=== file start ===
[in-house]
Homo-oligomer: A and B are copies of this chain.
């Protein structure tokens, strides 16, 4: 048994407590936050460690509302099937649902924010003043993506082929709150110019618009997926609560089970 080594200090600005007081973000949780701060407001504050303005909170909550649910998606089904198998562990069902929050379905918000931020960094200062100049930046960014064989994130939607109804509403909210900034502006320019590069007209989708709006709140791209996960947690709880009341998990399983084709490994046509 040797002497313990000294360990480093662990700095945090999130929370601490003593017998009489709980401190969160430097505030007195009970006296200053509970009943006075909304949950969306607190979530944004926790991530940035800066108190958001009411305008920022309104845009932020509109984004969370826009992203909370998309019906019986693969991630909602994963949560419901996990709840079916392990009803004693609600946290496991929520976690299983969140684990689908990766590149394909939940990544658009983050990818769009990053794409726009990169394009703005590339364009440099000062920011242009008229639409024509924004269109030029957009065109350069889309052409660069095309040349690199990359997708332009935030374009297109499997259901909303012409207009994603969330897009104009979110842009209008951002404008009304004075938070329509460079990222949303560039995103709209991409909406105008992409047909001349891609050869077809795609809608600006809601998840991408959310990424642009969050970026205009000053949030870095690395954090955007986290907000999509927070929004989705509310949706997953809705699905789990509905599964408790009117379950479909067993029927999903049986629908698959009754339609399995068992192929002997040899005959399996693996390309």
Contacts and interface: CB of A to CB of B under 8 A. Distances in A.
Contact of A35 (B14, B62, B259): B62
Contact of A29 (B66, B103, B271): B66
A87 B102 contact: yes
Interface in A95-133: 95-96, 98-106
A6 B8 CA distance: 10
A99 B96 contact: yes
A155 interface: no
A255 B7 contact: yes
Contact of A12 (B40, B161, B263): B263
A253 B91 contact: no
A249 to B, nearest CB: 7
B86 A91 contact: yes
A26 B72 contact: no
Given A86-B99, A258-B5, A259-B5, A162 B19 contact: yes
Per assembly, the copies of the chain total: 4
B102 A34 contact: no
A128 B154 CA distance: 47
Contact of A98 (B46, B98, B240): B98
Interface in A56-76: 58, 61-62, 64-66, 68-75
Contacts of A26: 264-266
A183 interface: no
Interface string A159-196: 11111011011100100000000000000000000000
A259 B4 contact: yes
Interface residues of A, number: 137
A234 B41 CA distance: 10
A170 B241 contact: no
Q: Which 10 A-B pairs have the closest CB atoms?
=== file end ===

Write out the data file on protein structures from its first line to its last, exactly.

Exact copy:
[in-house]
Homo-oligomer: A and B are copies of this chain.
């Protein structure tokens, strides 16, 4: 048994407590936050460690509302099937649902924010003043993506082929709150110019618009997926609560089970 080594200090600005007081973000949780701060407001504050303005909170909550649910998606089904198998562990069902929050379905918000931020960094200062100049930046960014064989994130939607109804509403909210900034502006320019590069007209989708709006709140791209996960947690709880009341998990399983084709490994046509 040797002497313990000294360990480093662990700095945090999130929370601490003593017998009489709980401190969160430097505030007195009970006296200053509970009943006075909304949950969306607190979530944004926790991530940035800066108190958001009411305008920022309104845009932020509109984004969370826009992203909370998309019906019986693969991630909602994963949560419901996990709840079916392990009803004693609600946290496991929520976690299983969140684990689908990766590149394909939940990544658009983050990818769009990053794409726009990169394009703005590339364009440099000062920011242009008229639409024509924004269109030029957009065109350069889309052409660069095309040349690199990359997708332009935030374009297109499997259901909303012409207009994603969330897009104009979110842009209008951002404008009304004075938070329509460079990222949303560039995103709209991409909406105008992409047909001349891609050869077809795609809608600006809601998840991408959310990424642009969050970026205009000053949030870095690395954090955007986290907000999509927070929004989705509310949706997953809705699905789990509905599964408790009117379950479909067993029927999903049986629908698959009754339609399995068992192929002997040899005959399996693996390309």
Contacts and interface: CB of A to CB of B under 8 A. Distances in A.
Contact of A35 (B14, B62, B259): B62
Contact of A29 (B66, B103, B271): B66
A87 B102 contact: yes
Interface in A95-133: 95-96, 98-106
A6 B8 CA distance: 10
A99 B96 contact: yes
A155 interface: no
A255 B7 contact: yes
Contact of A12 (B40, B161, B263): B263
A253 B91 contact: no
A249 to B, nearest CB: 7
B86 A91 contact: yes
A26 B72 contact: no
Given A86-B99, A258-B5, A259-B5, A162 B19 contact: yes
Per assembly, the copies of the chain total: 4
B102 A34 contact: no
A128 B154 CA distance: 47
Contact of A98 (B46, B98, B240): B98
Interface in A56-76: 58, 61-62, 64-66, 68-75
Contacts of A26: 264-266
A183 interface: no
Interface string A159-196: 11111011011100100000000000000000000000
A259 B4 contact: yes
Interface residues of A, number: 137
A234 B41 CA distance: 10
A170 B241 contact: no
Q: Which 10 A-B pairs have the closest CB atoms?